contexts. Although it may be subject to various interpre tations, a deeper contention of the model acknowledges the cross-cultural and transtemporal importance of sacred alkaloid-rich plants. The Maya were not unique in their devotion and utilization of drugs as media of interpersonal and supernatural experience. In the follow ing sections, sociopolitical and magico-religious param eters of pre-Columbian ritual mushroom use are dened and discussed in the context of trade.
MUSHROOMS AS EXPLOITABLE PLANTS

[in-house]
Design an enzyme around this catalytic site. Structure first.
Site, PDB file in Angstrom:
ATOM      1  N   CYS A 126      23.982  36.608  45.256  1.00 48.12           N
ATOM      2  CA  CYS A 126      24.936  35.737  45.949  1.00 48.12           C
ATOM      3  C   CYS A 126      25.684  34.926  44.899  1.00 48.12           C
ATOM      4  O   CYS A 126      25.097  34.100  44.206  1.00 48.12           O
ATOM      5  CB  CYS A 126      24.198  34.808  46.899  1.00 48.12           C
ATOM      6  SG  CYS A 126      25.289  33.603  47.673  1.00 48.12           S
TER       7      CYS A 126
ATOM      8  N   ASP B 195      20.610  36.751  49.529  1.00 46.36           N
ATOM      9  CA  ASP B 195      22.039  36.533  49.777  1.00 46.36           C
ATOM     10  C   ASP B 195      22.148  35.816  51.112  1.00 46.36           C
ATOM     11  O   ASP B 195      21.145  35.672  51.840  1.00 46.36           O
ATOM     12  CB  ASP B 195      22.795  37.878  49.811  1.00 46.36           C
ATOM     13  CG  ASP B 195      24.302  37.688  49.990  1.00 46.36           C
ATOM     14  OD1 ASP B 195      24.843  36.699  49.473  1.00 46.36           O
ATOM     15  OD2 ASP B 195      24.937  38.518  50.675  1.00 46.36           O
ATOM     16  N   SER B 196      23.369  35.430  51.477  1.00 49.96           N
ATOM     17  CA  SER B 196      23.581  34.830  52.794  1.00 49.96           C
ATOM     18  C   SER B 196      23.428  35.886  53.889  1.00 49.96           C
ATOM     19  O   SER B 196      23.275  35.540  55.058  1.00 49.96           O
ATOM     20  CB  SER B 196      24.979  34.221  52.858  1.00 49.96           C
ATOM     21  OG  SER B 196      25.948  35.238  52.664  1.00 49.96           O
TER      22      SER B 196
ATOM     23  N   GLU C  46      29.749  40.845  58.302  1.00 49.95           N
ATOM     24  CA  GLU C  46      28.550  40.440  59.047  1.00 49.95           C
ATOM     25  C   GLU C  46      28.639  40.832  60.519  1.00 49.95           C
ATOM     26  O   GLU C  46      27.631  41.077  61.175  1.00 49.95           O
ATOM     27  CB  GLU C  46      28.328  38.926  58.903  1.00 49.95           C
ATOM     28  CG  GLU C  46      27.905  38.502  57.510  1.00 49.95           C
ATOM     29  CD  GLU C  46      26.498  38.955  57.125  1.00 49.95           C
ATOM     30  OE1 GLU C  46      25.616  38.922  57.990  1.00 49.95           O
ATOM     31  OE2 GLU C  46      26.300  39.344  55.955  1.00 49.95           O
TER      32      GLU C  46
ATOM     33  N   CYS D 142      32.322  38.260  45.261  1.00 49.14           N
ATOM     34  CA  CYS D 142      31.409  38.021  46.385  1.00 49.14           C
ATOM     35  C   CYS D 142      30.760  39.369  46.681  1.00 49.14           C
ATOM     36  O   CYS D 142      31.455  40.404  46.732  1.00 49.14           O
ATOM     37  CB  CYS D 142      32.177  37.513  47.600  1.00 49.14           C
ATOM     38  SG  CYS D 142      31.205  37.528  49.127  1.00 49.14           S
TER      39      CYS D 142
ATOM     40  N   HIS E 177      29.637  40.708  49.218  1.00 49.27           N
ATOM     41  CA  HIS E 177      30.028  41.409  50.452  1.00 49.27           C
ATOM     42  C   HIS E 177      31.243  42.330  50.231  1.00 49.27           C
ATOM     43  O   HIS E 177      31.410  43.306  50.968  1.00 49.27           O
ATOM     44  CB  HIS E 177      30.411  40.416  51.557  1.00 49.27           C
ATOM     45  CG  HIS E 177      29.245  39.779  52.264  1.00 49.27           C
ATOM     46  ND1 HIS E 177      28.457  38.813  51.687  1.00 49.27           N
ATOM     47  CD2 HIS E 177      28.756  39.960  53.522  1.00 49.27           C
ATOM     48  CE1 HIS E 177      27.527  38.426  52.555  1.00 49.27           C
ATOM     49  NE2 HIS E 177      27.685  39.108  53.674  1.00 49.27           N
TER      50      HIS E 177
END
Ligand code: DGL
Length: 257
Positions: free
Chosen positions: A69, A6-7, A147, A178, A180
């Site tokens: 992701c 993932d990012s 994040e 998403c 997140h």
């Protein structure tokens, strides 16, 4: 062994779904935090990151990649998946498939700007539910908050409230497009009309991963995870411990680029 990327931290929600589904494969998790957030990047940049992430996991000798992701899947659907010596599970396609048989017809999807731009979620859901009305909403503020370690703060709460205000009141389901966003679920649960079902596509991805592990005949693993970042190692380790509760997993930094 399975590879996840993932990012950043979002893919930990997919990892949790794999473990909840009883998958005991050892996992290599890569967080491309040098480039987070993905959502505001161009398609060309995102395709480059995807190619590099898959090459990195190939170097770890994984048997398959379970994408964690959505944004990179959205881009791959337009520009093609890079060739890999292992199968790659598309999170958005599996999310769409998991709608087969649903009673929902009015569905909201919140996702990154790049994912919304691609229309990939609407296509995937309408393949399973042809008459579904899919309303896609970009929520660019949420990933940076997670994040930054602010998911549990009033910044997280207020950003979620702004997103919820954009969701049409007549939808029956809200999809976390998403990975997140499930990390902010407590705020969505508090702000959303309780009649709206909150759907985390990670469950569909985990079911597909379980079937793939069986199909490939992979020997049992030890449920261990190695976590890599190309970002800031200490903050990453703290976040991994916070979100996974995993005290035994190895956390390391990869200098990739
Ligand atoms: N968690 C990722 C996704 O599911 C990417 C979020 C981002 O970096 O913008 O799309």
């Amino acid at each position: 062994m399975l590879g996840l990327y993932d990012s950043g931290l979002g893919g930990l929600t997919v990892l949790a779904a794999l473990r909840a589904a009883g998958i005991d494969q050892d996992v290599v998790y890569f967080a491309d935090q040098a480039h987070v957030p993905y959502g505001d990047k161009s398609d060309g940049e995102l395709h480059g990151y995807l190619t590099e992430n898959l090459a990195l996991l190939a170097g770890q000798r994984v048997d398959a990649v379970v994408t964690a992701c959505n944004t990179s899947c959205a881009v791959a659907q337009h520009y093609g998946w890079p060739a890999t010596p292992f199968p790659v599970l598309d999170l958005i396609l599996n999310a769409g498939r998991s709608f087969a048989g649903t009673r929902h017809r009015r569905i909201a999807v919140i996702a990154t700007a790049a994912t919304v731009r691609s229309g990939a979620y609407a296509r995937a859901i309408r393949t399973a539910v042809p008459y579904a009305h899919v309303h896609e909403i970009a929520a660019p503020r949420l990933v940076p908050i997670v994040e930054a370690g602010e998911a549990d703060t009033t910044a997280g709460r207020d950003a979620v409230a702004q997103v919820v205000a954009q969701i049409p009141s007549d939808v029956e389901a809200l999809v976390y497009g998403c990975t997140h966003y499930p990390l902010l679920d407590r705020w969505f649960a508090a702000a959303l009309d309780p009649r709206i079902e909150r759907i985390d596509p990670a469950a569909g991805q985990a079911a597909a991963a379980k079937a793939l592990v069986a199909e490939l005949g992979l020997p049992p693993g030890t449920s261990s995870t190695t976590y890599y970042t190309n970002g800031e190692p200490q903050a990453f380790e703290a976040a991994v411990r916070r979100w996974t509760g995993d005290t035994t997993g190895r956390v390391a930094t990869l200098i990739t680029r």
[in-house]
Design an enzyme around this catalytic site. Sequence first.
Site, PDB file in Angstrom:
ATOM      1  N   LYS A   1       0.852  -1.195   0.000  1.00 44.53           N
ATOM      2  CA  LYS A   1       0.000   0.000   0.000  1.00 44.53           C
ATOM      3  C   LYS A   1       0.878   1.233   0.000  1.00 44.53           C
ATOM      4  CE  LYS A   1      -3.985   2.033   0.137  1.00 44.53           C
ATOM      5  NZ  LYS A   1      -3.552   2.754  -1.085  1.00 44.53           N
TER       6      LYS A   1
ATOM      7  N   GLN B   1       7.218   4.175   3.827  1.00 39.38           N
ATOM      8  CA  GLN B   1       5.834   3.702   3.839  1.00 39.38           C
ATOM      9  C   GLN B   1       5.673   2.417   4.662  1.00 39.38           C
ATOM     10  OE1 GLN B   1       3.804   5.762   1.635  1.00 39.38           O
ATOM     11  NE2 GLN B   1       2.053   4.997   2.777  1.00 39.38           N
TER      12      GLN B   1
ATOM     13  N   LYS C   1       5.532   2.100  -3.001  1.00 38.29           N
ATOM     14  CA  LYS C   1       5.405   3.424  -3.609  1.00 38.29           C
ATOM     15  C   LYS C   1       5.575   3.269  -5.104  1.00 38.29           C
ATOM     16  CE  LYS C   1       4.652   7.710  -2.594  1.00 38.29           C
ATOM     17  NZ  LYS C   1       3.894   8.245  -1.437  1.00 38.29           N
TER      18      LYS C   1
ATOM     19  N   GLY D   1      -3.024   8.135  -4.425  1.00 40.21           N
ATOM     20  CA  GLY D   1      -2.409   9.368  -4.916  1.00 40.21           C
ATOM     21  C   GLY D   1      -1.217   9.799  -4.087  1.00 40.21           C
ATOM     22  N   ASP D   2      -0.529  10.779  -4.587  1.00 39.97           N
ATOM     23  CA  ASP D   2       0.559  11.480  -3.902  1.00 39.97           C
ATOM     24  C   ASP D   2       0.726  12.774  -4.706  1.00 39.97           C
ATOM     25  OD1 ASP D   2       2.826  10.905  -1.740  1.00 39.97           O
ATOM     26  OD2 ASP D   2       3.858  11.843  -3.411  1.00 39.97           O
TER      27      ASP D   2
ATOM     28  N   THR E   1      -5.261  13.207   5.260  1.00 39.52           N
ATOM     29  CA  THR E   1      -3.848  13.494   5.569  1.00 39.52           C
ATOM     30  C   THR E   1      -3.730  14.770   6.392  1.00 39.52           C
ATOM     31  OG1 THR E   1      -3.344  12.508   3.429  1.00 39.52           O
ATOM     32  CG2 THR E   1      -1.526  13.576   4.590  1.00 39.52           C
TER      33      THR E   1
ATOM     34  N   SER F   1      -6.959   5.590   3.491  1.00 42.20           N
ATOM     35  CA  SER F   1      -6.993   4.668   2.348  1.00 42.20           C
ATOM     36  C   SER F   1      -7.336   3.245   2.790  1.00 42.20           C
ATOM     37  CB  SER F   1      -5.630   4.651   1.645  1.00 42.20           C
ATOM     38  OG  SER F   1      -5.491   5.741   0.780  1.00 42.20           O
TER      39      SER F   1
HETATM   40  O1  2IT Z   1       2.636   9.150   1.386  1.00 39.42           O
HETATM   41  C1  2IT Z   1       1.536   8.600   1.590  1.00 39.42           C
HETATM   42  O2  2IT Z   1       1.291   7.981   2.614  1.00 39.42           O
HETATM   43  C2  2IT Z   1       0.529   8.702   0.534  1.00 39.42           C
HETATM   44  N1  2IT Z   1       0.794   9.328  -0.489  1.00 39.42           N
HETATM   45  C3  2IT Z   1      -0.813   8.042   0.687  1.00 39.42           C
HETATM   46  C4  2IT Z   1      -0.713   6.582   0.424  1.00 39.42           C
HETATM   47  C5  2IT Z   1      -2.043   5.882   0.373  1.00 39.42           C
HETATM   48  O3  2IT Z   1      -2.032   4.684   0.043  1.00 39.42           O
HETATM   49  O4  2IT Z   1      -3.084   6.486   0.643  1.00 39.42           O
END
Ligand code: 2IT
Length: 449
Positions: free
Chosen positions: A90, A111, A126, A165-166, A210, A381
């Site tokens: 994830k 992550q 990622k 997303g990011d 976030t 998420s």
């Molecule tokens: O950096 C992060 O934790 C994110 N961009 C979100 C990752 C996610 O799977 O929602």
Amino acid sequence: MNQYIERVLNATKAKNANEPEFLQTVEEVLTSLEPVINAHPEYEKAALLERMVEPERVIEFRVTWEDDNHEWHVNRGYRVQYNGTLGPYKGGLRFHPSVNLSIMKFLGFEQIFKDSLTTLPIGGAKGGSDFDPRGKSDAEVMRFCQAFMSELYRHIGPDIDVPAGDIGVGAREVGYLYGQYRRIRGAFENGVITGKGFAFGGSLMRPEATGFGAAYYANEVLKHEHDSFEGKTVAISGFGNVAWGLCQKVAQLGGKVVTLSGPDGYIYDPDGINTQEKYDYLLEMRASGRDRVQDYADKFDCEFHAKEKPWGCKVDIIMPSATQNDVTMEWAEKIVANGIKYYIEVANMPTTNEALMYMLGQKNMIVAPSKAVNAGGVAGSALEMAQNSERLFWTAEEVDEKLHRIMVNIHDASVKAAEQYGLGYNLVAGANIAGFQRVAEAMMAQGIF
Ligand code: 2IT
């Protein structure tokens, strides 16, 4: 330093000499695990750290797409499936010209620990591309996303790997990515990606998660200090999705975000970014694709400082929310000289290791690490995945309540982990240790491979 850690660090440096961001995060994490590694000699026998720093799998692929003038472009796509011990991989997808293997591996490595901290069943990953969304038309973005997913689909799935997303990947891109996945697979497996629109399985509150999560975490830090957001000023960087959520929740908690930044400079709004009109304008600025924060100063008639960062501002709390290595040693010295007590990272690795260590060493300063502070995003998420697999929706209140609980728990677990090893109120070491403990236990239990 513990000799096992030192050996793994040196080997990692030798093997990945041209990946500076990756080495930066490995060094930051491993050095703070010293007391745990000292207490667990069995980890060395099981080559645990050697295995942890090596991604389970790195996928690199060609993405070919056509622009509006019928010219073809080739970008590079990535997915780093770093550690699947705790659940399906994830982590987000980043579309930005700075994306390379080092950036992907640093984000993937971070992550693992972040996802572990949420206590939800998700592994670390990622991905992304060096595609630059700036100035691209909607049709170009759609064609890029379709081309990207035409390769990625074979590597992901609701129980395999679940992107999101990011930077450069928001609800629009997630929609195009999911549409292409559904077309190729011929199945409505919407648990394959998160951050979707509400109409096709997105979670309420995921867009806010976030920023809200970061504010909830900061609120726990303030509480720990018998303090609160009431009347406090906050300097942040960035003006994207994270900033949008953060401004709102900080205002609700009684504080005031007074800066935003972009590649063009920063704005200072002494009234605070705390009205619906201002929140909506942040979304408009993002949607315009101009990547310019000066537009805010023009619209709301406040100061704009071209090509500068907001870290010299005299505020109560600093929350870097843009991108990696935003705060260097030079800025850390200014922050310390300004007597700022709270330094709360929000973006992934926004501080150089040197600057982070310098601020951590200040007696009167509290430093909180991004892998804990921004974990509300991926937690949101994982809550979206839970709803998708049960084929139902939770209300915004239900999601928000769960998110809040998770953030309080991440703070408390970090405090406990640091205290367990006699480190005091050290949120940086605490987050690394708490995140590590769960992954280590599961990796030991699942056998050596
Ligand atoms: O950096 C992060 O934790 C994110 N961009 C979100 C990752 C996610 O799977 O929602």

Sanctioned drug use as a means of achieving extraordinary mind spaces and prestigious status in the culture might well explain some of the architectural, scientic, spiritual, epistemologic, artistic and political "aberrations" of the ancient Maya. Groping for answers, Furst (1972: x) wrote: "Perhaps, as Coe suggests, the artist-priests of Palenque itself found inspiration for their magnicent creations in mushroom-induced super natural visions." The cult of the mushrooms might have led to the development of interaction that better exploited the many rapidly perishable mushrooms in the mountains, forests and deer pastures of Mesoamerica.4 Trafcking in psychotropic mushrooms, though, was an activity of little economic benet to the Mayan people. As with trafcking quetzal bird (Pharomachrus mocino) feathers and jade, for instance, only certain people needed the product. The importation-exportation syndrome of exotic and local products is the crux of the "Core Area Buffer Zone Model" which Rathje developed in the 1970's to account for the emergence of tropical lowland Maya civilization. Rathje (1972: 386) proposes that Maya civilization evolved "in response to the need for consistent procurement and distribution of nonlocal basic resources useful to every household." Networks sprang up and interaction took place. The networks required regulation and maintenance. A breed of crafty managers and keen organizers arose to direct the trafcking and dispensing of vital salt, obsidian and igneous stone (mushroom efgies are made chiey out of igneous stone). Rathje believes the procurement and distribution of essential requirements of life ignited Mayan cultural evolution in the jungles of southern Mexico, Guatemala, Belize and Honduras. When applying Rathje's model to the procurement and distribution of psychotropic mushrooms, disparities emerge on two levels: (1) mushrooms were not the raison d'etre of Mayan culture (then again, neither were jade or brilliant trogon plumage); and (2) an underlying premise of the Transcendental Interaction Model (sug gested by Dobkin de Rios [1976, 1974] and by Dobkin Vol. 14(3) Jul-Sep, 1982